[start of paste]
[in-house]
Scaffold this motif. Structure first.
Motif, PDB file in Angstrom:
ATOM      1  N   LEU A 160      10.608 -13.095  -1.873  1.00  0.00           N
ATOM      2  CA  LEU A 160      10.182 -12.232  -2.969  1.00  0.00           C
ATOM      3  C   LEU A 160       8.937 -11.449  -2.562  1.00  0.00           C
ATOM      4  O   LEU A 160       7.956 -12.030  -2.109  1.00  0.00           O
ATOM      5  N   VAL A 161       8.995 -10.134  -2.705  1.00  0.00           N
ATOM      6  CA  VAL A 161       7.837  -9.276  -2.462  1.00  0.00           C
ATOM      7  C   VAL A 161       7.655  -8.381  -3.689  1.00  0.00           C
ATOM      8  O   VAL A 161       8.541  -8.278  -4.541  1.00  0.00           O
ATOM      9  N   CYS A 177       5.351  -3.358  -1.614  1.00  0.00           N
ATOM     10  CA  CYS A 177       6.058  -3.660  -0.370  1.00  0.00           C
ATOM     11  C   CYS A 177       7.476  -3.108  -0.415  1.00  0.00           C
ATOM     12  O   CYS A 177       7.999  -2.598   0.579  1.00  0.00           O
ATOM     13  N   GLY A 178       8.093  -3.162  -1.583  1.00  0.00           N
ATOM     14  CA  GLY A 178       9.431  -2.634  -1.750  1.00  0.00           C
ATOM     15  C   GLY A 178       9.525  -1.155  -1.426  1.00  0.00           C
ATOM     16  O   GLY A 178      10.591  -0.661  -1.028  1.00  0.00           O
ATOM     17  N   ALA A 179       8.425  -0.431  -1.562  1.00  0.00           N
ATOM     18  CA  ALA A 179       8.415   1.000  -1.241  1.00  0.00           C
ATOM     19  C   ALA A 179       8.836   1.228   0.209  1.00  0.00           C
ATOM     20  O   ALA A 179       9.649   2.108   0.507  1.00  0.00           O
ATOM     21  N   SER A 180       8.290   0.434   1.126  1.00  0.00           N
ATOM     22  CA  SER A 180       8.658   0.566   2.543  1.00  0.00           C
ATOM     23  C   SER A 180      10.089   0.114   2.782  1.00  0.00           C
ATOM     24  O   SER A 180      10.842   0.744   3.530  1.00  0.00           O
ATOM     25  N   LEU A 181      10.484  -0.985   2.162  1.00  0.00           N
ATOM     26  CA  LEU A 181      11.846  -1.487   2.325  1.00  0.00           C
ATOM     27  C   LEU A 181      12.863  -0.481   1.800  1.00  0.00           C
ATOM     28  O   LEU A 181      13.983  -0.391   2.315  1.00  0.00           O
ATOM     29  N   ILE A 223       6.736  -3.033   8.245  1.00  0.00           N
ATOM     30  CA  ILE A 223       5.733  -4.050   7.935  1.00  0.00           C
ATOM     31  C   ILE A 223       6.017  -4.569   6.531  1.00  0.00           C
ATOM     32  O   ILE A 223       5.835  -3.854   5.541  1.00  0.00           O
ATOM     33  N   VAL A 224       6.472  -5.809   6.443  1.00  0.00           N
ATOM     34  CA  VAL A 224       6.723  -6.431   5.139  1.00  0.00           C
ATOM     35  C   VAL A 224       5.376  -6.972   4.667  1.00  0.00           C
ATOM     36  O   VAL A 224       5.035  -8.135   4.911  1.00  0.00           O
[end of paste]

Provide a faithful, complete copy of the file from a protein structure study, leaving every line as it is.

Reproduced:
[in-house]
Scaffold this motif. Structure first.
Motif, PDB file in Angstrom:
ATOM      1  N   LEU A 160      10.608 -13.095  -1.873  1.00  0.00           N
ATOM      2  CA  LEU A 160      10.182 -12.232  -2.969  1.00  0.00           C
ATOM      3  C   LEU A 160       8.937 -11.449  -2.562  1.00  0.00           C
ATOM      4  O   LEU A 160       7.956 -12.030  -2.109  1.00  0.00           O
ATOM      5  N   VAL A 161       8.995 -10.134  -2.705  1.00  0.00           N
ATOM      6  CA  VAL A 161       7.837  -9.276  -2.462  1.00  0.00           C
ATOM      7  C   VAL A 161       7.655  -8.381  -3.689  1.00  0.00           C
ATOM      8  O   VAL A 161       8.541  -8.278  -4.541  1.00  0.00           O
ATOM      9  N   CYS A 177       5.351  -3.358  -1.614  1.00  0.00           N
ATOM     10  CA  CYS A 177       6.058  -3.660  -0.370  1.00  0.00           C
ATOM     11  C   CYS A 177       7.476  -3.108  -0.415  1.00  0.00           C
ATOM     12  O   CYS A 177       7.999  -2.598   0.579  1.00  0.00           O
ATOM     13  N   GLY A 178       8.093  -3.162  -1.583  1.00  0.00           N
ATOM     14  CA  GLY A 178       9.431  -2.634  -1.750  1.00  0.00           C
ATOM     15  C   GLY A 178       9.525  -1.155  -1.426  1.00  0.00           C
ATOM     16  O   GLY A 178      10.591  -0.661  -1.028  1.00  0.00           O
ATOM     17  N   ALA A 179       8.425  -0.431  -1.562  1.00  0.00           N
ATOM     18  CA  ALA A 179       8.415   1.000  -1.241  1.00  0.00           C
ATOM     19  C   ALA A 179       8.836   1.228   0.209  1.00  0.00           C
ATOM     20  O   ALA A 179       9.649   2.108   0.507  1.00  0.00           O
ATOM     21  N   SER A 180       8.290   0.434   1.126  1.00  0.00           N
ATOM     22  CA  SER A 180       8.658   0.566   2.543  1.00  0.00           C
ATOM     23  C   SER A 180      10.089   0.114   2.782  1.00  0.00           C
ATOM     24  O   SER A 180      10.842   0.744   3.530  1.00  0.00           O
ATOM     25  N   LEU A 181      10.484  -0.985   2.162  1.00  0.00           N
ATOM     26  CA  LEU A 181      11.846  -1.487   2.325  1.00  0.00           C
ATOM     27  C   LEU A 181      12.863  -0.481   1.800  1.00  0.00           C
ATOM     28  O   LEU A 181      13.983  -0.391   2.315  1.00  0.00           O
ATOM     29  N   ILE A 223       6.736  -3.033   8.245  1.00  0.00           N
ATOM     30  CA  ILE A 223       5.733  -4.050   7.935  1.00  0.00           C
ATOM     31  C   ILE A 223       6.017  -4.569   6.531  1.00  0.00           C
ATOM     32  O   ILE A 223       5.835  -3.854   5.541  1.00  0.00           O
ATOM     33  N   VAL A 224       6.472  -5.809   6.443  1.00  0.00           N
ATOM     34  CA  VAL A 224       6.723  -6.431   5.139  1.00  0.00           C
ATOM     35  C   VAL A 224       5.376  -6.972   4.667  1.00  0.00           C
ATOM     36  O   VAL A 224       5.035  -8.135   4.911  1.00  0.00           O